If I concentrate really hard I can remember a time (I think) when it snowed in the Susquehanna Valley. Even then though, a pre-winter snowfall of any significance was a rarity. Forecasts call for snow several times a year, but some slight shift in the weather pattern or uncooperative temperatures usually turn promises into wintery mixes, sleet or cold, cold rains.
Tired of the boy crying wolf, when the weathermen were projecting 8"-12" of the white stuff on December 19, I turned a deaf ear. But, sure enough, they got it right this time. Snow it was without a single drop of anything else.
My day began with a quick dash to work to pick up a pair of snowshoes before ducking into the grocery store for supplies other than milk and bread. Snow was already falling, but the roads were in decent condition. At least they were when I left the house. By the time I left Manheim behind me and started the drive "up" into Sporting Hill, conditions had changed dramatically.
Getting home via Mt. Joy Road was out of the question as a jack-knifed feed truck had gobbled up both lanes of traffic and cars were standing in line in both directions. I hung a quick-thinking left hand turn, dropped across the covered bridge on Sunhill Road, crossed over the railroad tracks and...failed to make the inclined turn onto Junction Road. After spinning wheels for a moment, I eased off the gas, put the car in reverse and backed up enough to hopefully get the momentum required to make it up the hill. It sounded great in my head but it didn't work. By my second attempt, other cars had caught onto my brilliant detour and were crowding me from the rear. I-own-an-SUV impatience convinced one driver to pull around me while I backed up and I inched over to the right to create a bit of space between our cars. The end result was the passenger’s side rear tire of my Ford Focus becoming pathetically ensnared between a railroad tie and the actual rail. There I sat directly on the railroad tracks going nowhere.
But I digress. My escape is a story unto itself, but is not the story of my snowy day. Suffice to say, friendly roving snow Samaritans and eventually AAA combined to deliver both me and the vehicle to the safety of my driveway and garage. And, believe it or not, I was grinning the entire time. Snow in December brings with it boundless hope.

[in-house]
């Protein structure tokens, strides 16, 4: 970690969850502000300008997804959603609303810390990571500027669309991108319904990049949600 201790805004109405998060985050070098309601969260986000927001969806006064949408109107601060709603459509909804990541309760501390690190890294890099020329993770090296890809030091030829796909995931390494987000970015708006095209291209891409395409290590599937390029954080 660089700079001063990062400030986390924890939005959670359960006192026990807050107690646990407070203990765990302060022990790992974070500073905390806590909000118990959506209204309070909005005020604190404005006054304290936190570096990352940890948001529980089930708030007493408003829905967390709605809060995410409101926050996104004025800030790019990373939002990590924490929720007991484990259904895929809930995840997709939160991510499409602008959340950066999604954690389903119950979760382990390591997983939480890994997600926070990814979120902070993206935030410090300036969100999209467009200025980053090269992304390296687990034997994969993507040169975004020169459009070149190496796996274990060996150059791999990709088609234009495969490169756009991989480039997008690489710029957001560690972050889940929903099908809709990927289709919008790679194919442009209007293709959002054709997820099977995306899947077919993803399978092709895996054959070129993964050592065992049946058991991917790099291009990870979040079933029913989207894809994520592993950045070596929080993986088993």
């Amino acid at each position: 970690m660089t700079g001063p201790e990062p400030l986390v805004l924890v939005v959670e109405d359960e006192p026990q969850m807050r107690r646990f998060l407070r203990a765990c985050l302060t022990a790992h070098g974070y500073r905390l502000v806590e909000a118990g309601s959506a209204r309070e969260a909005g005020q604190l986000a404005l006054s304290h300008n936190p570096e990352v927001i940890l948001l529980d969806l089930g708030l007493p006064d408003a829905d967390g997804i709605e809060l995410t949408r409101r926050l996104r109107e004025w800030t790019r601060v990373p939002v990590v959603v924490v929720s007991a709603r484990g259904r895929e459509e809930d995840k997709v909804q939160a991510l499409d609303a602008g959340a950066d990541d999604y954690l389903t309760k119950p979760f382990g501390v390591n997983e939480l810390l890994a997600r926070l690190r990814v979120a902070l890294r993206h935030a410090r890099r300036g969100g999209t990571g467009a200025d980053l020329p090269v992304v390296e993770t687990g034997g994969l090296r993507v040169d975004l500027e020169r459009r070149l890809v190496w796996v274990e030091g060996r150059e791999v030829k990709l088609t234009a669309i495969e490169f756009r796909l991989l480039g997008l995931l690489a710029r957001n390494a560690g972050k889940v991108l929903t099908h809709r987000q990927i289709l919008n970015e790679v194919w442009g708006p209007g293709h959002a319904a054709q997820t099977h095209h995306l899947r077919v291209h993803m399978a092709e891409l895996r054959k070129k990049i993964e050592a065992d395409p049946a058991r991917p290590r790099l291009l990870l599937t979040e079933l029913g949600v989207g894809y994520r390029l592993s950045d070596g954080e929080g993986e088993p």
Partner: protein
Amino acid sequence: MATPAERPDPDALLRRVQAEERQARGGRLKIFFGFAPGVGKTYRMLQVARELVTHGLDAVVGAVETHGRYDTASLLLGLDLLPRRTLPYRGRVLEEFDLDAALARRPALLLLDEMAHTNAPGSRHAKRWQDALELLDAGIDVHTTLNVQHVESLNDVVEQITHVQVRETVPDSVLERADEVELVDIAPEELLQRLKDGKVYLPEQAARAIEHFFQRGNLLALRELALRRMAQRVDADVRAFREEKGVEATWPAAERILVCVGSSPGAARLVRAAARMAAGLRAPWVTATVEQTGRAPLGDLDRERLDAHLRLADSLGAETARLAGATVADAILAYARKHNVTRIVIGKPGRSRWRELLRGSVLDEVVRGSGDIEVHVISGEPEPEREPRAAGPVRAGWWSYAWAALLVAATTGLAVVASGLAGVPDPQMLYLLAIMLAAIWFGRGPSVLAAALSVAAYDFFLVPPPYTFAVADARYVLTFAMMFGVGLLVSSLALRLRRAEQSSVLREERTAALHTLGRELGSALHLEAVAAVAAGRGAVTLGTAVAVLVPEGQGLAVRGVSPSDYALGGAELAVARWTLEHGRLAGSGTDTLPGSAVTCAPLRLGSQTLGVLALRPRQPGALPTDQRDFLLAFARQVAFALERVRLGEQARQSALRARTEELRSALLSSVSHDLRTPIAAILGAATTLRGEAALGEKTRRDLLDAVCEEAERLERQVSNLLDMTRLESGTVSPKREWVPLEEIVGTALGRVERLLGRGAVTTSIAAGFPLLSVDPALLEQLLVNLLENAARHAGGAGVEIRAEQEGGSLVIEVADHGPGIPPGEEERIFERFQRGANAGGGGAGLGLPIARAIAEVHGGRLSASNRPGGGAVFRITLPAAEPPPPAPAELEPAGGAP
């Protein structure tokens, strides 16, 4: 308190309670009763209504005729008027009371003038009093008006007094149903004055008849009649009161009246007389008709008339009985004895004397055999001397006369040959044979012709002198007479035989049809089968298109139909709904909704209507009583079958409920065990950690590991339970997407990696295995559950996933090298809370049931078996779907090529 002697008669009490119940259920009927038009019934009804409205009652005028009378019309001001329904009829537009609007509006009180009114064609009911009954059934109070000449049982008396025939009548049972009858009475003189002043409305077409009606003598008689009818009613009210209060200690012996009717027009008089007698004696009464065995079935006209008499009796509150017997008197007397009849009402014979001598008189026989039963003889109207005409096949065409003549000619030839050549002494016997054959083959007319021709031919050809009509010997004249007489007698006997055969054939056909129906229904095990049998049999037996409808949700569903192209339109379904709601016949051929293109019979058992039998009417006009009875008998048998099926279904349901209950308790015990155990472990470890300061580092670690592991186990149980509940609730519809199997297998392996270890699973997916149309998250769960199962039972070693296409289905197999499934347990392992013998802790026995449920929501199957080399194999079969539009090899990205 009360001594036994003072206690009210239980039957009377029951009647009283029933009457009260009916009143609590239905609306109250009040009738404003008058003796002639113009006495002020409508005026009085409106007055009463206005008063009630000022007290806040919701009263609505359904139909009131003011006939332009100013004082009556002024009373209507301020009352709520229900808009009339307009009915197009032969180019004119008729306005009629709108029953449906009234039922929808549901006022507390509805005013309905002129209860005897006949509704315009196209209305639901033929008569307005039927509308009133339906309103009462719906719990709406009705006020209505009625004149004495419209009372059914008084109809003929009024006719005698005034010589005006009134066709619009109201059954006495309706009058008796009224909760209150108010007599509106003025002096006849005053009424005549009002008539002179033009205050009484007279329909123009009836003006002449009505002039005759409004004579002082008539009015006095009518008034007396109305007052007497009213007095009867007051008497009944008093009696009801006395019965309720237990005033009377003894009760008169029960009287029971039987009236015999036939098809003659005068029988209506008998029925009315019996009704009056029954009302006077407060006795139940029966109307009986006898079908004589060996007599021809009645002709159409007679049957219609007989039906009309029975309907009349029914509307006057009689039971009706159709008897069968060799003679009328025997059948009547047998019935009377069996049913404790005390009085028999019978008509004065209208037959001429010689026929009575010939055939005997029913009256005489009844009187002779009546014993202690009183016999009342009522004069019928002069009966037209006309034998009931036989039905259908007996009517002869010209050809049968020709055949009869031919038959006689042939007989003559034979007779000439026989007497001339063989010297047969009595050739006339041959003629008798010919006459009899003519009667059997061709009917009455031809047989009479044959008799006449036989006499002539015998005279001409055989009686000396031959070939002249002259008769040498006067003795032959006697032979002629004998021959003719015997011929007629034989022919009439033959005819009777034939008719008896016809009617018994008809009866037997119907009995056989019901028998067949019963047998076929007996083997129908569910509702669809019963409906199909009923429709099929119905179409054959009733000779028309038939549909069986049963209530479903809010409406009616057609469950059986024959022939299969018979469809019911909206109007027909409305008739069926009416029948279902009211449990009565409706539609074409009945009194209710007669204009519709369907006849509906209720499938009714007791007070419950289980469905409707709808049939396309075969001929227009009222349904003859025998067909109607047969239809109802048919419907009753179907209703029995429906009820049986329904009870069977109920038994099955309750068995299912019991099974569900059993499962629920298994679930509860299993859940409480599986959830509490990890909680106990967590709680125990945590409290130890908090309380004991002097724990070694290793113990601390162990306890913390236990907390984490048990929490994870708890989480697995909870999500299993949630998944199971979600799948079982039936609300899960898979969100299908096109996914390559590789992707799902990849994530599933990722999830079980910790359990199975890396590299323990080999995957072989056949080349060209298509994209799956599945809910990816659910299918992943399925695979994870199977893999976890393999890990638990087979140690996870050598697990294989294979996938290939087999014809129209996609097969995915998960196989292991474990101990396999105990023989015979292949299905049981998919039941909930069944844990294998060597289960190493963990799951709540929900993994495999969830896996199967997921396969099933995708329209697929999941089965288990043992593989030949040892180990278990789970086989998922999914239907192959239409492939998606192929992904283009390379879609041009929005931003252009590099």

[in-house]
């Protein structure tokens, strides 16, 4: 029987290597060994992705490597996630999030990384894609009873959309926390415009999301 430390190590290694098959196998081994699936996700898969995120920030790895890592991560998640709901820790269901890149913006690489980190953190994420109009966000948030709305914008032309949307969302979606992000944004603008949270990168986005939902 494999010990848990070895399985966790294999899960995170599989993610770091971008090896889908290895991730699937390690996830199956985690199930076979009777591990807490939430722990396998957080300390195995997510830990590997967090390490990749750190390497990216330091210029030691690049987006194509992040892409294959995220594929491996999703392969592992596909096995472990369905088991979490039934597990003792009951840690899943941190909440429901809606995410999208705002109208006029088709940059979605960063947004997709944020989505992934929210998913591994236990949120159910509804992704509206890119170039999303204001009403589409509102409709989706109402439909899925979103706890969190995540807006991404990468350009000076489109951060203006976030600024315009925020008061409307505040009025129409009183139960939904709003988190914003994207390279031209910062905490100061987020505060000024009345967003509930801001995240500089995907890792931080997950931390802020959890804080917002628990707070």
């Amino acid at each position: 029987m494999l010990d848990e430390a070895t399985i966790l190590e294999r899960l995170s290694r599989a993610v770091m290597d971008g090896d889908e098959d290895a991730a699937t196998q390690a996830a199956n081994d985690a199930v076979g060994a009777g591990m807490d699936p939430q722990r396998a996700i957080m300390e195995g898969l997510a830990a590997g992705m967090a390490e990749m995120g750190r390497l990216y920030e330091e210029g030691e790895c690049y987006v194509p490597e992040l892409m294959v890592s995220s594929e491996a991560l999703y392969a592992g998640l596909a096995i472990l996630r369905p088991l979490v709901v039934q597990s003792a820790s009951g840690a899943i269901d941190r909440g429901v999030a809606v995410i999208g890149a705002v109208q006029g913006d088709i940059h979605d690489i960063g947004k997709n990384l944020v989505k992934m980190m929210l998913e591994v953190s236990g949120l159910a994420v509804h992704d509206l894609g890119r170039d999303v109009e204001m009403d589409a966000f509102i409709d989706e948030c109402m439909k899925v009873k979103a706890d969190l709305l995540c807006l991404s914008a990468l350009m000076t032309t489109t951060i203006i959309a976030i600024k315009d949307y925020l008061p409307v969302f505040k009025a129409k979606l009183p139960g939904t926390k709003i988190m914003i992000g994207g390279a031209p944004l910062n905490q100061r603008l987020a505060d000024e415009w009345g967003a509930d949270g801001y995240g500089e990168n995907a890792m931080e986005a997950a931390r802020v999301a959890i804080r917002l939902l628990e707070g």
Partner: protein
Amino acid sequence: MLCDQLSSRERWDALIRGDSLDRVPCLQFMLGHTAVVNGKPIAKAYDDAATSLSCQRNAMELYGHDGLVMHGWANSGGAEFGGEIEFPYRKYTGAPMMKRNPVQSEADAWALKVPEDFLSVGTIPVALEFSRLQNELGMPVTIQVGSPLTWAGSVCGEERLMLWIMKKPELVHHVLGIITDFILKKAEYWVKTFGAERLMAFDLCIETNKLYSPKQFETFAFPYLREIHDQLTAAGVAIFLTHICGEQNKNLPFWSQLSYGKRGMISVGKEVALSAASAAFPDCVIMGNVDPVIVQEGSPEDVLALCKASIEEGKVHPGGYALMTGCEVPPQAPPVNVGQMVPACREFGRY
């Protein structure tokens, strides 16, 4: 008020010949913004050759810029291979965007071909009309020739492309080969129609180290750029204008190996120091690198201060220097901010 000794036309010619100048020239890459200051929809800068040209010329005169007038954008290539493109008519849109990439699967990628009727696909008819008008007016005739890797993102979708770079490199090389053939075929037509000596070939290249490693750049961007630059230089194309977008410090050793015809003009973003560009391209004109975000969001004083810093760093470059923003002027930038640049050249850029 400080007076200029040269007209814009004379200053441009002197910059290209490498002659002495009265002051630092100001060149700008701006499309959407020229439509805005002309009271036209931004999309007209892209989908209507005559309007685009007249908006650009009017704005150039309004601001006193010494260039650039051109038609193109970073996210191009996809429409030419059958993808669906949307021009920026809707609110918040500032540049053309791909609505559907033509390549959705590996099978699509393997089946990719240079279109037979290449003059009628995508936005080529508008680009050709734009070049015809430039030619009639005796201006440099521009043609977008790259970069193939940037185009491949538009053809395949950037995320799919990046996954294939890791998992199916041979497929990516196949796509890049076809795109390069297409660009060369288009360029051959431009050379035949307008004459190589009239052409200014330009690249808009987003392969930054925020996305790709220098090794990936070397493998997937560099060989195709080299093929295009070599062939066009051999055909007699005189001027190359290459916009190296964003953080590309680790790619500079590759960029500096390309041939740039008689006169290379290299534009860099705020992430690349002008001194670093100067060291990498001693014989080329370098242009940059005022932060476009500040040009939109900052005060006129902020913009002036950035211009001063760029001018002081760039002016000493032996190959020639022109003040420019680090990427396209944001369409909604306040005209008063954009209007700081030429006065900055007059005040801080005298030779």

Paragraph 2 of this post contains a lie. I tried to turn a deaf ear to the prognosticators but I didn't succeed entirely. On Friday night I found myself wandering into the local hardware store in search of a sled. I left with two. I was fully prepared to hang them in the garage for some later date, but I really, really hoped that they'd get some use the next day. And they did.
Eight inches of powder was enough for the two of us to "wahoo!" and "yay!" maniacally. I'd daydreamed about this day long before actually becoming a father and it was as joyous and magical as I'd imagined. Sub-freezing temperatures, however, cut our festivities short as Lily's sensitive skin was beginning to light up like Rudolph's nose. Whether because she's a trooper or because she sensed Daddy's enthusiasm for sledding, Lil never said a word but there was no hiding the fact that she was frigid. I delivered her to the safety of the house, Lindsay's shared blanket and a steaming cup of cocoa.
I own a pair of Crescent Moon Gold 12 running snowshoes, but they've been little more than decorations on my garage wall for the last couple of years. I blew the dust off of them (literally) and adjusted the bindings to accommodate my Mountain Masochists. I had a vague notion of covering the two miles of farmer's fields between my backyard and the nearby section of converted rails-to-trails but was happy enough just to be on snowshoes after a long hiatus.
Except for stopping to snap a quick photo, I ran the whole mile and a half, but I ended up feeling like I ran 10 miles. By the time I got back to the house, I realized that I was absolutely exhausted. I also realized that I still had the same ridiculous grin on my face that had been there since the first flakes began to fall that morning.